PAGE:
The Global Task Force on Cholera Control (GTFCC) has approved about 9 million doses of oral cholera vaccine (OCV) for Nigeria that can be used in two campaigns in 14 local government areas (LGAs) across nine states, including the Federal Capital Territory, to reduce the risk of cholera outbreaks during the rainy season.
Dr Walter Molumbo, the World Health Organization’s country representative in Nigeria, stated this at a WHO training on the integration of the OCV in emergency and preventative contexts, noting that Nigeria has degraded its largest cholera outbreak, which began in 2021 with over 100,000 suspected cases reported, and emphasized the importance of early vaccine allocation and shipment to ensure vaccinations are carried out as soon as possible to prevent the outbreak from spreading.
Molumbo stated that the challenges identified during the GTFCC’s annual stakeholder meeting in 2021, such as poor quality reactive and preventative OCV campaign requests, a lack of OCV use as an outbreak response in some settings, and unsatisfactory monitoring and evaluation of OCV campaigns, must be addressed immediately.
Cholera eradication initiatives are holistic in nature, encompassing more than just vaccines, and the need to address WASH issues remains crucial in the long term, says Molumbo.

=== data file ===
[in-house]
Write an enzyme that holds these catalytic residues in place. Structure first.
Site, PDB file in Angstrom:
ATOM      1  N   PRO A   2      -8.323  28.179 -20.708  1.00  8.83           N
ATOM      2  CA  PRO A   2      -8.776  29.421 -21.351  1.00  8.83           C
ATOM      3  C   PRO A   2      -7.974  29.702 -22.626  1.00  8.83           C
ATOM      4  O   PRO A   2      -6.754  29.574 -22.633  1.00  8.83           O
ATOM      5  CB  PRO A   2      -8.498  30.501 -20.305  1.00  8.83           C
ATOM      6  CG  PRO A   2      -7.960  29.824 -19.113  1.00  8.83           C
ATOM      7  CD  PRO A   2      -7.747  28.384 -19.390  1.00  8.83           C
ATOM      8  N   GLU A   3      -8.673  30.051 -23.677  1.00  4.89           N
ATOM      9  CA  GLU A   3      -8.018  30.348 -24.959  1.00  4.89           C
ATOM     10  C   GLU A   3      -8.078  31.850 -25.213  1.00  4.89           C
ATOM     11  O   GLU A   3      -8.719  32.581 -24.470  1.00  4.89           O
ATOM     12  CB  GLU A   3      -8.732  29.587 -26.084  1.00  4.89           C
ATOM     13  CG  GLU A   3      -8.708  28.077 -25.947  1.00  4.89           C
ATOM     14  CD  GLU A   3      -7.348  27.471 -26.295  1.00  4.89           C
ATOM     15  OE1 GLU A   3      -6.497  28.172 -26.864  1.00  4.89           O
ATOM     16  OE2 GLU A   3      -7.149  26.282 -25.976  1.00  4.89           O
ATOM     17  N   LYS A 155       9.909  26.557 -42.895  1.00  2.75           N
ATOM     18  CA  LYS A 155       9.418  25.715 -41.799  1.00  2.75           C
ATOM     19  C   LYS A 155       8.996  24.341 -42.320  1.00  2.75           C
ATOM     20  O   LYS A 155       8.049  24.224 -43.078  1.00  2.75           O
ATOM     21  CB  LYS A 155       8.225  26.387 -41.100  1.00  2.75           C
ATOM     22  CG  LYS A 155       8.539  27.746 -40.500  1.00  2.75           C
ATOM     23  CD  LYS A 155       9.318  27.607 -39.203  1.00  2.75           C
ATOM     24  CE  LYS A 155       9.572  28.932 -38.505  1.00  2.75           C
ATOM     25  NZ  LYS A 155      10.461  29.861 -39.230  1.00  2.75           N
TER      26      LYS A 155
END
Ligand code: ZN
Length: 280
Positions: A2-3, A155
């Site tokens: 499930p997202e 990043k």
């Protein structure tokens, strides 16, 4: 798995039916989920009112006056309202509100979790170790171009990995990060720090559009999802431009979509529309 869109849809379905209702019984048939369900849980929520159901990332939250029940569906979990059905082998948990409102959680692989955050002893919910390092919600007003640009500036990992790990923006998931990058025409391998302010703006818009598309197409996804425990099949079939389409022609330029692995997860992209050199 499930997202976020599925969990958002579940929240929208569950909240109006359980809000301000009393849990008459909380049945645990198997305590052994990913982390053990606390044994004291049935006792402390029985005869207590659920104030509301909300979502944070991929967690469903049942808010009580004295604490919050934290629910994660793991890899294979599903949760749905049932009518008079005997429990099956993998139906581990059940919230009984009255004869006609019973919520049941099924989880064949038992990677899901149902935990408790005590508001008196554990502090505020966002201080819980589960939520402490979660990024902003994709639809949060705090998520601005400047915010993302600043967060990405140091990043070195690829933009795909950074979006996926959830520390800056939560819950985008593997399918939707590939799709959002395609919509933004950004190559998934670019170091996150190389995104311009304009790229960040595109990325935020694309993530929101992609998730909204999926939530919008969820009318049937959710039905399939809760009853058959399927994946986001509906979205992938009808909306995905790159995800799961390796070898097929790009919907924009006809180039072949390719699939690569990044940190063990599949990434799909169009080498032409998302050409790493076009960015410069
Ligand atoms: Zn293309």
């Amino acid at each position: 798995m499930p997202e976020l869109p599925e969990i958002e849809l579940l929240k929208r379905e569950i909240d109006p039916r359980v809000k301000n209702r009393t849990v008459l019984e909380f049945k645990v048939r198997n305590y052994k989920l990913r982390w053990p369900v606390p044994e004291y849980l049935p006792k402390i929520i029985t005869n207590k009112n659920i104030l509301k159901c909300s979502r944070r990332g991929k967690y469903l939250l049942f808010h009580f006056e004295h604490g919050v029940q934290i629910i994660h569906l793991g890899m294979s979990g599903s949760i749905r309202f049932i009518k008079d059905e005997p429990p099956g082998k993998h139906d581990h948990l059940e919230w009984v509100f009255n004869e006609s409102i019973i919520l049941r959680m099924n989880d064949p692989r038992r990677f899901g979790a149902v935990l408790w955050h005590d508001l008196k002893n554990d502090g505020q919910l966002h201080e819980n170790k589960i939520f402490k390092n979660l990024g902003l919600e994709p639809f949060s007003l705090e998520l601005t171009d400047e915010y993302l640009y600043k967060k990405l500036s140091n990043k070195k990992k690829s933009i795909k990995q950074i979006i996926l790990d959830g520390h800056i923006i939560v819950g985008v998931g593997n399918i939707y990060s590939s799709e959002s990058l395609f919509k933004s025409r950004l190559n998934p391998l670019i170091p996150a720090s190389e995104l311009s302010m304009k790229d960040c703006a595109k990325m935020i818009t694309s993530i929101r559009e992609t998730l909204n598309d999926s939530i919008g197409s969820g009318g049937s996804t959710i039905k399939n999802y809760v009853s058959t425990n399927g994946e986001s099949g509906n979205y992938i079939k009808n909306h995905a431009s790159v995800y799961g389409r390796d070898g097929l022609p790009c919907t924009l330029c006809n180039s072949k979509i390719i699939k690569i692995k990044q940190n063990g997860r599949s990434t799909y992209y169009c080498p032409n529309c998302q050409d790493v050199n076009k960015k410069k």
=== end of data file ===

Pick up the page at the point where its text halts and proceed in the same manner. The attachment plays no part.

The Minister of Health, Dr. Osagie Ehanire, also spoke, recalling that the first outbreak of cholera at the epidemic level in Nigeria occurred in 1972, with a gradual increase in the number of outbreaks over the years, along with significant mortality and morbidity, as well as treatment and management costs.
He noted that traditional cholera prevention and control measures have included providing safe drinking water and improving hygiene and sanitation, but that science has risen to the occasion in recent years, with the development of an oral cholera vaccine that has been certified as effective enough to be recommended for disease prevention and control.
The minister stated that the vaccine’s availability has been restricted, which has reduced its use and the much-anticipated impact.
Source: The Guardian